Why do we die? she wants to know. So you tell her about bodies that get sick and tired and no longer work. Like when batteries in a toy run out? she asks. Kind of, you answer. She's four and you're still young enough to believe that death is the long stone faces of Easter Island, a country that other people visit. Unlike Paris or Tuscany, it's not on your itinerary. Still, you tell her that toys aren't alive. Blood has to course through your veins, you have to breathe. You have to live in order to die. And it occurs to you that death is really more like San Pablo Avenue, its liquor stores and automotive repair shops shuttered at 1 a.m., sullen and silent, long pauses between stoplights. It runs parallel to your own tree-lined street. You don't really want to think about it, but everyone has to cross it to get somewhere else.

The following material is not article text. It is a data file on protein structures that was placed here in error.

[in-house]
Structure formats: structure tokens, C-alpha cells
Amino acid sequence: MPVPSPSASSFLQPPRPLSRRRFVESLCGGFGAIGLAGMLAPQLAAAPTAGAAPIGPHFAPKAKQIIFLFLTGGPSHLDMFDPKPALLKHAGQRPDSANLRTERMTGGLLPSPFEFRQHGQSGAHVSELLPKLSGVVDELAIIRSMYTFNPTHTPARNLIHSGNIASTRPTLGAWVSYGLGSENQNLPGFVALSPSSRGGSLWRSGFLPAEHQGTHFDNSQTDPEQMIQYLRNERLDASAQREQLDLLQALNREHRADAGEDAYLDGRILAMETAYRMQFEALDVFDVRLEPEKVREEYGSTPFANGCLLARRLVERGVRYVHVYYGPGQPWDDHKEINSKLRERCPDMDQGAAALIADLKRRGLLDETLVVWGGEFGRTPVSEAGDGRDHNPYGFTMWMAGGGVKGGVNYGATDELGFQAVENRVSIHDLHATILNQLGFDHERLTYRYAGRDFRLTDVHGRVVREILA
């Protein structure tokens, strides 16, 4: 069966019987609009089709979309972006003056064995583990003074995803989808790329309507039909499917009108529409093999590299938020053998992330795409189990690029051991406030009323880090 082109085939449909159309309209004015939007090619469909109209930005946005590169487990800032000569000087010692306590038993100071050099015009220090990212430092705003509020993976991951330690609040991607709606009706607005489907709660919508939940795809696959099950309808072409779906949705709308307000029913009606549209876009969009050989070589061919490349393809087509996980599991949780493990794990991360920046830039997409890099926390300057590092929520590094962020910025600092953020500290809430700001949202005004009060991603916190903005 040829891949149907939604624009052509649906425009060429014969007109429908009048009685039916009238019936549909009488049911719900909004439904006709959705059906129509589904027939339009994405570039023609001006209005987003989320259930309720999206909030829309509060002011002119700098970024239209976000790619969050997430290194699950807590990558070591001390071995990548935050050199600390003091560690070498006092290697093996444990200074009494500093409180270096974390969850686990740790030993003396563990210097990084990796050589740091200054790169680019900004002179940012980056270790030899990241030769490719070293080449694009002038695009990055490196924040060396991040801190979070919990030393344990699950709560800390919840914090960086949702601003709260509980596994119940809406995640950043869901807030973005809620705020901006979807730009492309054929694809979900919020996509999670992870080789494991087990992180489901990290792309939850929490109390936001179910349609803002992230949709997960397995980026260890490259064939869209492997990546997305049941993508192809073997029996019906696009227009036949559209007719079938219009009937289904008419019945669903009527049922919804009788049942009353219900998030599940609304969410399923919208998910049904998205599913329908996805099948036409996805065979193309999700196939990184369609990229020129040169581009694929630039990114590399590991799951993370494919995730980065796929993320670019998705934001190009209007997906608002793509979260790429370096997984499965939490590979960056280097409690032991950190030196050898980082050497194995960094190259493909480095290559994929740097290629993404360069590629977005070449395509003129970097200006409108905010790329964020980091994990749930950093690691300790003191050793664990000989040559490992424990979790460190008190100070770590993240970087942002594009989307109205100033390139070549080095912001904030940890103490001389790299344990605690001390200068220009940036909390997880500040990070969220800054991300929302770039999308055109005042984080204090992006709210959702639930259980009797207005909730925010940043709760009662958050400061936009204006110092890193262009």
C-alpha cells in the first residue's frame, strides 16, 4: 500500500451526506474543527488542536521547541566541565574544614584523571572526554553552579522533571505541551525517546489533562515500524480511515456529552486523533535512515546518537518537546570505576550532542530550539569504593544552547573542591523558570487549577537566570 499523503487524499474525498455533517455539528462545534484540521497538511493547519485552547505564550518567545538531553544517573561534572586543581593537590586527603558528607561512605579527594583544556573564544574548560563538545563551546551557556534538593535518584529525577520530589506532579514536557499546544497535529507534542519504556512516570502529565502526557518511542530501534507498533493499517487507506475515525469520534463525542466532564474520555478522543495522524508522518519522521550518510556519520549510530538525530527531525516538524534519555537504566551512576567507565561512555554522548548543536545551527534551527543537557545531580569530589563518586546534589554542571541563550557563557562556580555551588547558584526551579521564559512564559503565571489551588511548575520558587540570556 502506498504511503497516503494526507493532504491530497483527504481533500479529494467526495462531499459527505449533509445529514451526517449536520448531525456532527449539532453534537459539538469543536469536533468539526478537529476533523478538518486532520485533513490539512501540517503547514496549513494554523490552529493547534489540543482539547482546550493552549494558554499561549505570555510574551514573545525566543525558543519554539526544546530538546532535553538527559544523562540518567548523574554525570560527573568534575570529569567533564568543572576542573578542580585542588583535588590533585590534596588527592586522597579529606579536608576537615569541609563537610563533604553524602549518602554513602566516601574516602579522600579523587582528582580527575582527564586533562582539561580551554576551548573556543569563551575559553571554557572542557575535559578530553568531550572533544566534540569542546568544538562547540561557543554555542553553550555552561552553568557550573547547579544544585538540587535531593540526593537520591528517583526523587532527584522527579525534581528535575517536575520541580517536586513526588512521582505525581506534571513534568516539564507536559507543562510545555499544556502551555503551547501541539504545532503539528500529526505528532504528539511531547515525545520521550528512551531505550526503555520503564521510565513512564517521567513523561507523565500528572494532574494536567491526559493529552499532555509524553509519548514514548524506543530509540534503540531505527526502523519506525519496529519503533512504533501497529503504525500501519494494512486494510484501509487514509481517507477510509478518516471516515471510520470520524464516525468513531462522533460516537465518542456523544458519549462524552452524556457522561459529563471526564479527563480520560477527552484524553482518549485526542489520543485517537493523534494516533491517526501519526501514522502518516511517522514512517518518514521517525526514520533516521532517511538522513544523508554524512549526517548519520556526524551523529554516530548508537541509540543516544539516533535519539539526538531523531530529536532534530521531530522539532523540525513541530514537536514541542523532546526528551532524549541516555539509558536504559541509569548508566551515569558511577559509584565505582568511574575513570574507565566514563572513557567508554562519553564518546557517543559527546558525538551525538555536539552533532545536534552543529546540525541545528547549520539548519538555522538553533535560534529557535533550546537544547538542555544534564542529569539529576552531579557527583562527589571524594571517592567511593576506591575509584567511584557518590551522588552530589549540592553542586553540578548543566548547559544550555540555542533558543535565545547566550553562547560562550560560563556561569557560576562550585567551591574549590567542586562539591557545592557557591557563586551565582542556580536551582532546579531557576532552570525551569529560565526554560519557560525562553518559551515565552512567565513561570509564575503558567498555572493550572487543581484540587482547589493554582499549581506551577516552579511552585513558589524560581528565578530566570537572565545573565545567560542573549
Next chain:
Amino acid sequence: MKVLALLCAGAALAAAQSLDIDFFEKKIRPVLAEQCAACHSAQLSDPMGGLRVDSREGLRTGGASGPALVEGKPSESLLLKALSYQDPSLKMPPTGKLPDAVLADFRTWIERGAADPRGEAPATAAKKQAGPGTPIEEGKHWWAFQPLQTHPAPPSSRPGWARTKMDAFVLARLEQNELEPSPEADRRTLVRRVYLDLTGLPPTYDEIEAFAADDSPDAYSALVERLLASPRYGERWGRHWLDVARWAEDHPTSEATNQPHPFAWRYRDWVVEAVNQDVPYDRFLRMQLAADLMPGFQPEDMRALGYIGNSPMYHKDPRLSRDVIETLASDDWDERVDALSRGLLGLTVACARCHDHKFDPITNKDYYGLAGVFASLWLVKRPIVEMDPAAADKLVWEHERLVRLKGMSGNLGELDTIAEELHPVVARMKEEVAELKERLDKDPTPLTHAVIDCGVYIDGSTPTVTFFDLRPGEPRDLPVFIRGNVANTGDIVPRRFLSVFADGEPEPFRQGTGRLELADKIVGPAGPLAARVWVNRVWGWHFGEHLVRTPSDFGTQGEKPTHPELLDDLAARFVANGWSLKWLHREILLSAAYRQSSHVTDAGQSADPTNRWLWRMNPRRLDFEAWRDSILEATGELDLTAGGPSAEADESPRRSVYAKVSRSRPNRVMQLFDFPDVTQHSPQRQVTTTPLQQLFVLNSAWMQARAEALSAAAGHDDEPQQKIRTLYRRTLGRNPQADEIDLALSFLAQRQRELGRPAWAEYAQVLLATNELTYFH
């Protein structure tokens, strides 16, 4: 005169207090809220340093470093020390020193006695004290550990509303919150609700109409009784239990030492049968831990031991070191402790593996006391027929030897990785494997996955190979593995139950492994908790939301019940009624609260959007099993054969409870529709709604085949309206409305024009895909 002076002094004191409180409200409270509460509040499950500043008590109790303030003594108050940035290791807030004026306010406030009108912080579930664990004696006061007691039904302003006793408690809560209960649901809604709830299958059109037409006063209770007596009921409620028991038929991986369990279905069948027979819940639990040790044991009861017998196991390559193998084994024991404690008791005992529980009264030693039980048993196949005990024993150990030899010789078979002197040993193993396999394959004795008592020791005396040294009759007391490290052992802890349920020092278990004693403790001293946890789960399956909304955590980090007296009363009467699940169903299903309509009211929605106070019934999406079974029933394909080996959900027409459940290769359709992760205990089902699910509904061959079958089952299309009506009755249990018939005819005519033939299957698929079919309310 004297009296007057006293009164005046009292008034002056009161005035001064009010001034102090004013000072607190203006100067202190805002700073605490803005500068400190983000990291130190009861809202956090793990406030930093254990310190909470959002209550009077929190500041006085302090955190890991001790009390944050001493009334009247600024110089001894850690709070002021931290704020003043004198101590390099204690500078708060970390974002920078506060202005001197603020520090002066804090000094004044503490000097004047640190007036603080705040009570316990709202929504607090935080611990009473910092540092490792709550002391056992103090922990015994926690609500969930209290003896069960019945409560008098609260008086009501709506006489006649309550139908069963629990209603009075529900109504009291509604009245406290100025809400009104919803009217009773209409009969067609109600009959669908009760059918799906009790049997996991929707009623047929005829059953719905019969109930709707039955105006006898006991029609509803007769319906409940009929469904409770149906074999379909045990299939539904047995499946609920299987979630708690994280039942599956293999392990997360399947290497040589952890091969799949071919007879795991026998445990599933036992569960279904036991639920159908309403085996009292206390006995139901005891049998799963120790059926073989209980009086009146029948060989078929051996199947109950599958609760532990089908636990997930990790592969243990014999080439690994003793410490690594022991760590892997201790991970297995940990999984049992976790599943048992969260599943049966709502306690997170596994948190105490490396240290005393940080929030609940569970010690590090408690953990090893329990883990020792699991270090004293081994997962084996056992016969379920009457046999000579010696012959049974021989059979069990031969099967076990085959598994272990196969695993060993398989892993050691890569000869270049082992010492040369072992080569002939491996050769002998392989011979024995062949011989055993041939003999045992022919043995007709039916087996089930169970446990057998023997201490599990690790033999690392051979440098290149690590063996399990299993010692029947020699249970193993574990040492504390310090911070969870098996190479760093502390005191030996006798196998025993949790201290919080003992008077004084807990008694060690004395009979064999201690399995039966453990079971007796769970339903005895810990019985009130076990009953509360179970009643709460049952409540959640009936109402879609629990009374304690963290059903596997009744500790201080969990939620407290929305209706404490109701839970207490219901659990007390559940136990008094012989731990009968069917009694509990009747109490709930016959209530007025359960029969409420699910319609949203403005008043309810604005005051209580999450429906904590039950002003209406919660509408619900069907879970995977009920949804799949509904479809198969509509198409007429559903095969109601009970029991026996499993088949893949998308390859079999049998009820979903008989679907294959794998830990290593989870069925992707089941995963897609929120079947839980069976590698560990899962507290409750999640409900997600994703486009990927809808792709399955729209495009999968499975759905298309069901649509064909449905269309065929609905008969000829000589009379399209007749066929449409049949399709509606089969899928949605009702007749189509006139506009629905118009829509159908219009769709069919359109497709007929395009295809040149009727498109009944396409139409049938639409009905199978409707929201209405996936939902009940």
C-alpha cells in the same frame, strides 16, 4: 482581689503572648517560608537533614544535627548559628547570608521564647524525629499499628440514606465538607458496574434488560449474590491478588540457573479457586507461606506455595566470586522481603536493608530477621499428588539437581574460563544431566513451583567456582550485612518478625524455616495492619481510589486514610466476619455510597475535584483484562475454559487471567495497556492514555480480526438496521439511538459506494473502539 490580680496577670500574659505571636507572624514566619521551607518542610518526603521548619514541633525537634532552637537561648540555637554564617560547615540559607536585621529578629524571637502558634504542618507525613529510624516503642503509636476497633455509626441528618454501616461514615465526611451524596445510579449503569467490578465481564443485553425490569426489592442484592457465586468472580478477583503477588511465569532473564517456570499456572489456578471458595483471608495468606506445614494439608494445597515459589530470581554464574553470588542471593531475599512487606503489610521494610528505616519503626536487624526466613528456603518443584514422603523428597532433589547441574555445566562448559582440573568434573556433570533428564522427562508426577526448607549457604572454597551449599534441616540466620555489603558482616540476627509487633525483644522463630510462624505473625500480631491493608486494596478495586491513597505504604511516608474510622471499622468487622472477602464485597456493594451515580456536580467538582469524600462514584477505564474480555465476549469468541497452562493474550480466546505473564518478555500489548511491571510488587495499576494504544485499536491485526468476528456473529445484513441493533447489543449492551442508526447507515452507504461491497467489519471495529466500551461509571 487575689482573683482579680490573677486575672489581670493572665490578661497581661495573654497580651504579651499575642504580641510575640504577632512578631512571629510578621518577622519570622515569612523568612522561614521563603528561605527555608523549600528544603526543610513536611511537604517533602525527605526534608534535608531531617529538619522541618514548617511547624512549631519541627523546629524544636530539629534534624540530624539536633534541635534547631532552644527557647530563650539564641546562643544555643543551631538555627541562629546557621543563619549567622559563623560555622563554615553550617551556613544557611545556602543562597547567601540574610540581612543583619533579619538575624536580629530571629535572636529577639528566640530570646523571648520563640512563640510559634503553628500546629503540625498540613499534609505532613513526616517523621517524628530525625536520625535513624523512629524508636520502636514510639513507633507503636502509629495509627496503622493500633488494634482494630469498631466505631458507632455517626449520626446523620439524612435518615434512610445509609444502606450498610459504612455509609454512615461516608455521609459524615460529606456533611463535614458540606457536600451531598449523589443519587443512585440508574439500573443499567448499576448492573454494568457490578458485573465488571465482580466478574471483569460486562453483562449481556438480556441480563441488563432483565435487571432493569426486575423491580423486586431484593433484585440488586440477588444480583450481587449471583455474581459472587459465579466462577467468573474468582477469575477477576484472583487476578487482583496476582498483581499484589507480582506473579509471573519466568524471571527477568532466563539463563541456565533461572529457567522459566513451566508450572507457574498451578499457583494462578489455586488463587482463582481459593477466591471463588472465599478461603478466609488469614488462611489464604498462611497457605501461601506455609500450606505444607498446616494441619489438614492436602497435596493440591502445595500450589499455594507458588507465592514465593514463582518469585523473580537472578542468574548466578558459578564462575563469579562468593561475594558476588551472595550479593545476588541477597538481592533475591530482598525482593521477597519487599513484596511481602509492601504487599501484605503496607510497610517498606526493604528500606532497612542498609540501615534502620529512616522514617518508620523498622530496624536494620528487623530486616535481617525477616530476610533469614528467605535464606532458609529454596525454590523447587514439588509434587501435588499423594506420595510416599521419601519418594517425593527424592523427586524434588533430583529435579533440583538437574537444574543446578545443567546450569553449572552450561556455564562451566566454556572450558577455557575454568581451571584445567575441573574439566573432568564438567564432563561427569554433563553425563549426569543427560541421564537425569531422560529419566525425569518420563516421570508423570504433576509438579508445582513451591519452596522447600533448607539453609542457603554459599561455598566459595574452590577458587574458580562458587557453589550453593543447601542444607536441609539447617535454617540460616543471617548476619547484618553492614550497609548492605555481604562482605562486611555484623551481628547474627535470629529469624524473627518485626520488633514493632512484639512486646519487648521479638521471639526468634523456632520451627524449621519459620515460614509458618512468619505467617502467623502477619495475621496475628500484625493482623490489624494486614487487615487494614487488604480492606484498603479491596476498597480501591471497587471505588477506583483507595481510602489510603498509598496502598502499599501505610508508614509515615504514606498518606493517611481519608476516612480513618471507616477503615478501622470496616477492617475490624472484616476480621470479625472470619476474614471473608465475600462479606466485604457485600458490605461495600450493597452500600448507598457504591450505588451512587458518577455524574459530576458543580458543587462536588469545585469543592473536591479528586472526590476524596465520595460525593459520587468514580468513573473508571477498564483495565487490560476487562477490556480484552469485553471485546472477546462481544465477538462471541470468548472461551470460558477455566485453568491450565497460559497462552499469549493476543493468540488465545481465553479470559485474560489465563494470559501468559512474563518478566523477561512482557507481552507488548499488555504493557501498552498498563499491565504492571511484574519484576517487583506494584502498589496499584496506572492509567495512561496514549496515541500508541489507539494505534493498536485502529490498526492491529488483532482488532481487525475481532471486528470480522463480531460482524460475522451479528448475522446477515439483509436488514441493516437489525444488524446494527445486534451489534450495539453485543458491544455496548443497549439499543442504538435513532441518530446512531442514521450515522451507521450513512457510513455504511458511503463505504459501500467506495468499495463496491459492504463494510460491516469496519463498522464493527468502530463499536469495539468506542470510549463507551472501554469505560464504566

Alison Seevak’s poetry and essays have appeared in journals and anthologies including The Sun, Adoptive Families, Many Mountains Moving, and The San Francisco Chronicle Book Review. She lives in Northern California with her seven-year-old daughter.
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